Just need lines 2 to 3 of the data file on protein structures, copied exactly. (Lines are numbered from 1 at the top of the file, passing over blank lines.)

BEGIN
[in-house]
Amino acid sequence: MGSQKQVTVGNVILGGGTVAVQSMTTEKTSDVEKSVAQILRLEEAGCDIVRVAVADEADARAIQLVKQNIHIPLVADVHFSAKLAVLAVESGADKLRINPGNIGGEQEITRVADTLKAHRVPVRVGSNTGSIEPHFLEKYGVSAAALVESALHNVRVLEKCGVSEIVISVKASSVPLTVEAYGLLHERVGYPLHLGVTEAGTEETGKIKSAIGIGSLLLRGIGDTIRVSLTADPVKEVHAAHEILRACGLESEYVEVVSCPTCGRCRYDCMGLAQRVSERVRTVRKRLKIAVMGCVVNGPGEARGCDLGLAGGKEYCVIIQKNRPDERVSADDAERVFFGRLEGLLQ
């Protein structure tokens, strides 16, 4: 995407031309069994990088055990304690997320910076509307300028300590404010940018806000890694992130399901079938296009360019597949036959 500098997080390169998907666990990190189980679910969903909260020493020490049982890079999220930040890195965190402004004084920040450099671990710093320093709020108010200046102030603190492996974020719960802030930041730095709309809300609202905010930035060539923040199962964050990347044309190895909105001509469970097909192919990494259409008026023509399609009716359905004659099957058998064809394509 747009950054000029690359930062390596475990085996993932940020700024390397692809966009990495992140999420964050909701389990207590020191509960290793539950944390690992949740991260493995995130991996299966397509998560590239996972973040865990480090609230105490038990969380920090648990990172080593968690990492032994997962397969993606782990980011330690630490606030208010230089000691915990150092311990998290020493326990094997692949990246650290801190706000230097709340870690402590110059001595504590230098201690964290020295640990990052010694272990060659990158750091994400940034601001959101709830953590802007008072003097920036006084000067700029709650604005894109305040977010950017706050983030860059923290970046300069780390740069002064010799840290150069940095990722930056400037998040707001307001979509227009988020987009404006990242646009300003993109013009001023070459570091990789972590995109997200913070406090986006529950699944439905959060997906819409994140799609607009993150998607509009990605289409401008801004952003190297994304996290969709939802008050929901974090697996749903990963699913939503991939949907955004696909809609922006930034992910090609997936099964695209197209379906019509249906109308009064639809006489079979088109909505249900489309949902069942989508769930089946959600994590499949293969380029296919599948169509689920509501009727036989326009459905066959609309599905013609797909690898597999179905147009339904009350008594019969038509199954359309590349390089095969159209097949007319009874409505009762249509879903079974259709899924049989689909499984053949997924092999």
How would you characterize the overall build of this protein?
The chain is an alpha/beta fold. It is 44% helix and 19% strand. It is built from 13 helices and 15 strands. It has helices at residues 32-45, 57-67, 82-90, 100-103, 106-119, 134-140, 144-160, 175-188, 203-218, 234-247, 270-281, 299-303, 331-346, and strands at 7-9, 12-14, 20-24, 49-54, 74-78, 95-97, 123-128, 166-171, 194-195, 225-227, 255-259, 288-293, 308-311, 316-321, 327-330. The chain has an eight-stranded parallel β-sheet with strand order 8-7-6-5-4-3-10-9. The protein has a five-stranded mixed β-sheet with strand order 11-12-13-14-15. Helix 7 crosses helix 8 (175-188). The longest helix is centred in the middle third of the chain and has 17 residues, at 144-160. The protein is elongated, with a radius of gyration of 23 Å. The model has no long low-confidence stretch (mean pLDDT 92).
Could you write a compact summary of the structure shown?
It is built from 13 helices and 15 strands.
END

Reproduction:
Amino acid sequence: MGSQKQVTVGNVILGGGTVAVQSMTTEKTSDVEKSVAQILRLEEAGCDIVRVAVADEADARAIQLVKQNIHIPLVADVHFSAKLAVLAVESGADKLRINPGNIGGEQEITRVADTLKAHRVPVRVGSNTGSIEPHFLEKYGVSAAALVESALHNVRVLEKCGVSEIVISVKASSVPLTVEAYGLLHERVGYPLHLGVTEAGTEETGKIKSAIGIGSLLLRGIGDTIRVSLTADPVKEVHAAHEILRACGLESEYVEVVSCPTCGRCRYDCMGLAQRVSERVRTVRKRLKIAVMGCVVNGPGEARGCDLGLAGGKEYCVIIQKNRPDERVSADDAERVFFGRLEGLLQ
């Protein structure tokens, strides 16, 4: 995407031309069994990088055990304690997320910076509307300028300590404010940018806000890694992130399901079938296009360019597949036959 500098997080390169998907666990990190189980679910969903909260020493020490049982890079999220930040890195965190402004004084920040450099671990710093320093709020108010200046102030603190492996974020719960802030930041730095709309809300609202905010930035060539923040199962964050990347044309190895909105001509469970097909192919990494259409008026023509399609009716359905004659099957058998064809394509 747009950054000029690359930062390596475990085996993932940020700024390397692809966009990495992140999420964050909701389990207590020191509960290793539950944390690992949740991260493995995130991996299966397509998560590239996972973040865990480090609230105490038990969380920090648990990172080593968690990492032994997962397969993606782990980011330690630490606030208010230089000691915990150092311990998290020493326990094997692949990246650290801190706000230097709340870690402590110059001595504590230098201690964290020295640990990052010694272990060659990158750091994400940034601001959101709830953590802007008072003097920036006084000067700029709650604005894109305040977010950017706050983030860059923290970046300069780390740069002064010799840290150069940095990722930056400037998040707001307001979509227009988020987009404006990242646009300003993109013009001023070459570091990789972590995109997200913070406090986006529950699944439905959060997906819409994140799609607009993150998607509009990605289409401008801004952003190297994304996290969709939802008050929901974090697996749903990963699913939503991939949907955004696909809609922006930034992910090609997936099964695209197209379906019509249906109308009064639809006489079979088109909505249900489309949902069942989508769930089946959600994590499949293969380029296919599948169509689920509501009727036989326009459905066959609309599905013609797909690898597999179905147009339904009350008594019969038509199954359309590349390089095969159209097949007319009874409505009762249509879903079974259709899924049989689909499984053949997924092999």